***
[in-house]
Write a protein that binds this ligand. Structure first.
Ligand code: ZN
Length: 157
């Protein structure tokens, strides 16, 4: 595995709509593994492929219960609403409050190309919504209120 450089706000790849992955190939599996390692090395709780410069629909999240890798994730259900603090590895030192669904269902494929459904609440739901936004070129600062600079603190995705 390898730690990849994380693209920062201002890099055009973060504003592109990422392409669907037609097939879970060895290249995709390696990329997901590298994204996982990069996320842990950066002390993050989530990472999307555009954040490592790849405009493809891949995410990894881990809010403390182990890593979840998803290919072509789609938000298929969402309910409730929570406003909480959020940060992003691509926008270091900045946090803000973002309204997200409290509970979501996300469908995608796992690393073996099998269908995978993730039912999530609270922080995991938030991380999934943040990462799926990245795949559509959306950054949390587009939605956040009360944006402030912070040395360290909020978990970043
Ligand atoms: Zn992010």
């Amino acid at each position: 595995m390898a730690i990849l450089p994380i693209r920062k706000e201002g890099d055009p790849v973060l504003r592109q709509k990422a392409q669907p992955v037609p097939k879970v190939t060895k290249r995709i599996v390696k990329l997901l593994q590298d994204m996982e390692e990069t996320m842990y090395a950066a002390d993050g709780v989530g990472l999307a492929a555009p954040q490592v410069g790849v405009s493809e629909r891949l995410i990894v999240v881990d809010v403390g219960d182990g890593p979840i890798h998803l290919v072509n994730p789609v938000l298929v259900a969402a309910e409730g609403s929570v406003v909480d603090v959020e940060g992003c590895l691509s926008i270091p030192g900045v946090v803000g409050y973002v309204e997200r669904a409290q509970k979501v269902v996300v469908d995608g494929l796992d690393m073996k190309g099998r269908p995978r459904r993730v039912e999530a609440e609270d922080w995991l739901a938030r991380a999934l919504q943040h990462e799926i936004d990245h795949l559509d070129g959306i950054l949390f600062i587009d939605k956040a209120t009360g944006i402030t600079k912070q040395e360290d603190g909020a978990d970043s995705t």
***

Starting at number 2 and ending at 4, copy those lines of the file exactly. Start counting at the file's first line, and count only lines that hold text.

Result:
Write a protein that binds this ligand. Structure first.
Ligand code: ZN
Length: 157